With the pandemic still raging, Airbnb is officially banning ragers. On Aug. 20, the company announced in a community blog post that it is officially enforcing a "global party ban" at properties rented through the platform. The ban caps rental occupancy at 16 people, and will remain in place "until further notice." While unauthorized parties have always been banned — Airbnb says that 73% of listings explicitly prohibit parties in their House Rules — the rules appear to have been broken.
Earlier in the pandemic, Airbnb removed the “event-friendly” search filter as part of its efforts to follow current public health mandates, per the blog post. While the company notes that until now, allowing small parties and events has been up to individual host's discretion, the "patchwork ban on parties and events" that cities individually instituted during reopening was not a vibe. "Some [users] have chosen to take bar and club behavior to homes, sometimes rented through our platform. We think such conduct is incredibly irresponsible — we do not want that type of business, and anyone engaged in or allowing that behavior does not belong on our platform." The company is sorting out potential exceptions for places like boutique hotels that rent rooms on the app.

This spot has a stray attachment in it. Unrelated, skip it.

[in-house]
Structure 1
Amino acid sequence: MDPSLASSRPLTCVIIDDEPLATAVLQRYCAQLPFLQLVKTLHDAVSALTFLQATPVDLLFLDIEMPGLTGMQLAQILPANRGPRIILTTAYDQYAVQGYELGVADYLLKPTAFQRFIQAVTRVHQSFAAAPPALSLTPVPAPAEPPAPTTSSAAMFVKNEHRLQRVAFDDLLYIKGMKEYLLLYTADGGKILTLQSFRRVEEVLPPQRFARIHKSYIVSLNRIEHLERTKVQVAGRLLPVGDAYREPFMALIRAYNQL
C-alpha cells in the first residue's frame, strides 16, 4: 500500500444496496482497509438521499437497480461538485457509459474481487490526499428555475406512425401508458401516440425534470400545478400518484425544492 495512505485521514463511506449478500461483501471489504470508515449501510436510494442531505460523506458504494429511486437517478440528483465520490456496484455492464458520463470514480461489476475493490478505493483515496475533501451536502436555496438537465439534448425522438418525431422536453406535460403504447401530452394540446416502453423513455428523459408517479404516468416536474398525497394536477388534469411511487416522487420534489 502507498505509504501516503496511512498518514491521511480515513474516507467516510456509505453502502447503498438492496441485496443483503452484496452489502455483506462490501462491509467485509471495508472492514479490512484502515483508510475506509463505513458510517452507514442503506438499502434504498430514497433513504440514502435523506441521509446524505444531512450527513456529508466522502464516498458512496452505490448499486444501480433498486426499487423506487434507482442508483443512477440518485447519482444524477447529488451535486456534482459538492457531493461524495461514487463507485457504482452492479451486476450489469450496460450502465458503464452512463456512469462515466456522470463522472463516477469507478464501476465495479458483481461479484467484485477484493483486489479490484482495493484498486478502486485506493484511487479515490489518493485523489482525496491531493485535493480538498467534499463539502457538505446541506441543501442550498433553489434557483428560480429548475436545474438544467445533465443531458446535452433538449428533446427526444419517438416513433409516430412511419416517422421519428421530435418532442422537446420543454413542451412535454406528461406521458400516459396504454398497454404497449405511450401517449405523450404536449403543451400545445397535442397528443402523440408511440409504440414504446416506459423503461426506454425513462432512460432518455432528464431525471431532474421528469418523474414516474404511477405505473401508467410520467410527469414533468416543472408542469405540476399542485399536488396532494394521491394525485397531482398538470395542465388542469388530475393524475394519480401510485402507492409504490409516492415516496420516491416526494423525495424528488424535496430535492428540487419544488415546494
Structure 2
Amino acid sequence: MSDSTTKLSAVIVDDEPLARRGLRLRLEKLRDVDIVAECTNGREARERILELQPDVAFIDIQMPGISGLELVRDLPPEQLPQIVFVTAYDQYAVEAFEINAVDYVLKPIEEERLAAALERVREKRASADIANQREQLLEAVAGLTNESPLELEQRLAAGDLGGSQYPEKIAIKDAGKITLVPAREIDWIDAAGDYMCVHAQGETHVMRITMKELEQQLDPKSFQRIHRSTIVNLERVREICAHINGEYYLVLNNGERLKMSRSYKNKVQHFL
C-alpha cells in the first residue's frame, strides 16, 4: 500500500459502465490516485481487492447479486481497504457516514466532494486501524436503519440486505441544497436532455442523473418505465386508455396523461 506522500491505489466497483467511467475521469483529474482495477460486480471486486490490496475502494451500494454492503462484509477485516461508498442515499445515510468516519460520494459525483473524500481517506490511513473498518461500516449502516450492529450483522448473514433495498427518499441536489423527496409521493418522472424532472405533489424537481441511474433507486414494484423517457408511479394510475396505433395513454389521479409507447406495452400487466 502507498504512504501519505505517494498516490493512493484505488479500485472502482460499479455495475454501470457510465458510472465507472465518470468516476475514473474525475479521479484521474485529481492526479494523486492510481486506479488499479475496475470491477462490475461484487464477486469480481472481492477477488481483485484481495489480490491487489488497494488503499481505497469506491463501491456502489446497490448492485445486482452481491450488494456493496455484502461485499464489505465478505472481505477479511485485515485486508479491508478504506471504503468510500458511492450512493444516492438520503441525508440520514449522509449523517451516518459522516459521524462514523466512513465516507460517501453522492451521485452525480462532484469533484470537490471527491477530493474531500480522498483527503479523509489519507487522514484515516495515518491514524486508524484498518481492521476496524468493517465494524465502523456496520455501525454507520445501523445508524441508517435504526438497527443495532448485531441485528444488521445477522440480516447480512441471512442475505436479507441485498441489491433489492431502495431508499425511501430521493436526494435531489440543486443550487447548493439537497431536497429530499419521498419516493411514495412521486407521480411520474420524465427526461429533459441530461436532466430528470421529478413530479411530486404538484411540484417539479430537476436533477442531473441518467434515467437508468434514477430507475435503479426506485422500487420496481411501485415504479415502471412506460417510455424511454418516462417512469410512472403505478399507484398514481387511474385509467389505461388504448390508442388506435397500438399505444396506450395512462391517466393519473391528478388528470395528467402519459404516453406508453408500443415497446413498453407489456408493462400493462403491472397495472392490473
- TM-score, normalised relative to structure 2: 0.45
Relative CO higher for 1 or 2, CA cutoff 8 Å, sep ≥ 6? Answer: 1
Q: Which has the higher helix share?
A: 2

Parties more generally are in the hot seat, due to their obvious potential to spread coronavirus. On Aug. 4, the Los Angeles County Department of Public Health had to remind residents that the county "prohibits gatherings, including parties, during the coronavirus pandemic in order to protect the health and lives of county residents" following a rise of mask-less, crowded house parties hosted by TikTok influencers. Los Angeles Mayor Eric Garcetti actually shut off the power at Sway House member Bryce Hall's rental, following a rager he threw for his 21st birthday, the New York Times reported.
According to a spokesperson for Airbnb, these parties did not inspire the ban directly. "To our knowledge, none of the TikTok parties have been at Airbnb listings. This [ban] has been put into effect because local health mandates vary in jurisdictions across the country, and we’ve determined it is necessary to enforce a stricter, more consistent policy globally, in the interests of public health," they tell Bustle.
The company is still rolling out a new operational system that will inform guests of the potential consequences of hosting parties at a property they rent, including bans from the platform and even potential legal action.